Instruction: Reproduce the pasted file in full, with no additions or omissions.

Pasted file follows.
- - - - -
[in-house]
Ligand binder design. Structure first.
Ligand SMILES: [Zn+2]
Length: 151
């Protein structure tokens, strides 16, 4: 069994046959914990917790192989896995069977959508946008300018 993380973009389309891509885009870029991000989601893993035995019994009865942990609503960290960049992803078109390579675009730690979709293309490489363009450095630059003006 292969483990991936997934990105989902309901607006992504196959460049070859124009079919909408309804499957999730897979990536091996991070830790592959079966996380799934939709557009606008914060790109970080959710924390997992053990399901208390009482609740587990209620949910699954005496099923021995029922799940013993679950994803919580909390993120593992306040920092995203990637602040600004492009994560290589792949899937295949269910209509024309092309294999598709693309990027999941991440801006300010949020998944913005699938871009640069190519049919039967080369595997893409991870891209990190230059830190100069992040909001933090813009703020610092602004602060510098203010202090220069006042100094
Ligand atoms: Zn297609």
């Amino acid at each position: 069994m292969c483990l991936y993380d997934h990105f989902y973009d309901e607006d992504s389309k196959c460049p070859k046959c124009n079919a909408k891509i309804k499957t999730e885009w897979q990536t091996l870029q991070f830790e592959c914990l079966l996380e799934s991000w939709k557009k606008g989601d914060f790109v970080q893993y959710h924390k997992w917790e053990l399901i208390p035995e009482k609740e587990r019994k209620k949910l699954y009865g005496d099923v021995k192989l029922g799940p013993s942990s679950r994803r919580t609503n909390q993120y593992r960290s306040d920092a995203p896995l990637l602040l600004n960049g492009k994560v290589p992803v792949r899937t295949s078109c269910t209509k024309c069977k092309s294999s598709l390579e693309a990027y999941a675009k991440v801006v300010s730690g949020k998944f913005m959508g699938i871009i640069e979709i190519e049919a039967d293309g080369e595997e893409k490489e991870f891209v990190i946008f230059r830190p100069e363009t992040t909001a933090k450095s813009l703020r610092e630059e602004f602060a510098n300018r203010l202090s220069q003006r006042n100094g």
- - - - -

[in-house]
Ligand binder design. Structure first.
Ligand SMILES: [Zn+2]
Length: 151
């Protein structure tokens, strides 16, 4: 069994046959914990917790192989896995069977959508946008300018 993380973009389309891509885009870029991000989601893993035995019994009865942990609503960290960049992803078109390579675009730690979709293309490489363009450095630059003006 292969483990991936997934990105989902309901607006992504196959460049070859124009079919909408309804499957999730897979990536091996991070830790592959079966996380799934939709557009606008914060790109970080959710924390997992053990399901208390009482609740587990209620949910699954005496099923021995029922799940013993679950994803919580909390993120593992306040920092995203990637602040600004492009994560290589792949899937295949269910209509024309092309294999598709693309990027999941991440801006300010949020998944913005699938871009640069190519049919039967080369595997893409991870891209990190230059830190100069992040909001933090813009703020610092602004602060510098203010202090220069006042100094
Ligand atoms: Zn297609």
């Amino acid at each position: 069994m292969c483990l991936y993380d997934h990105f989902y973009d309901e607006d992504s389309k196959c460049p070859k046959c124009n079919a909408k891509i309804k499957t999730e885009w897979q990536t091996l870029q991070f830790e592959c914990l079966l996380e799934s991000w939709k557009k606008g989601d914060f790109v970080q893993y959710h924390k997992w917790e053990l399901i208390p035995e009482k609740e587990r019994k209620k949910l699954y009865g005496d099923v021995k192989l029922g799940p013993s942990s679950r994803r919580t609503n909390q993120y593992r960290s306040d920092a995203p896995l990637l602040l600004n960049g492009k994560v290589p992803v792949r899937t295949s078109c269910t209509k024309c069977k092309s294999s598709l390579e693309a990027y999941a675009k991440v801006v300010s730690g949020k998944f913005m959508g699938i871009i640069e979709i190519e049919a039967d293309g080369e595997e893409k490489e991870f891209v990190i946008f230059r830190p100069e363009t992040t909001a933090k450095s813009l703020r610092e630059e602004f602060a510098n300018r203010l202090s220069q003006r006042n100094g």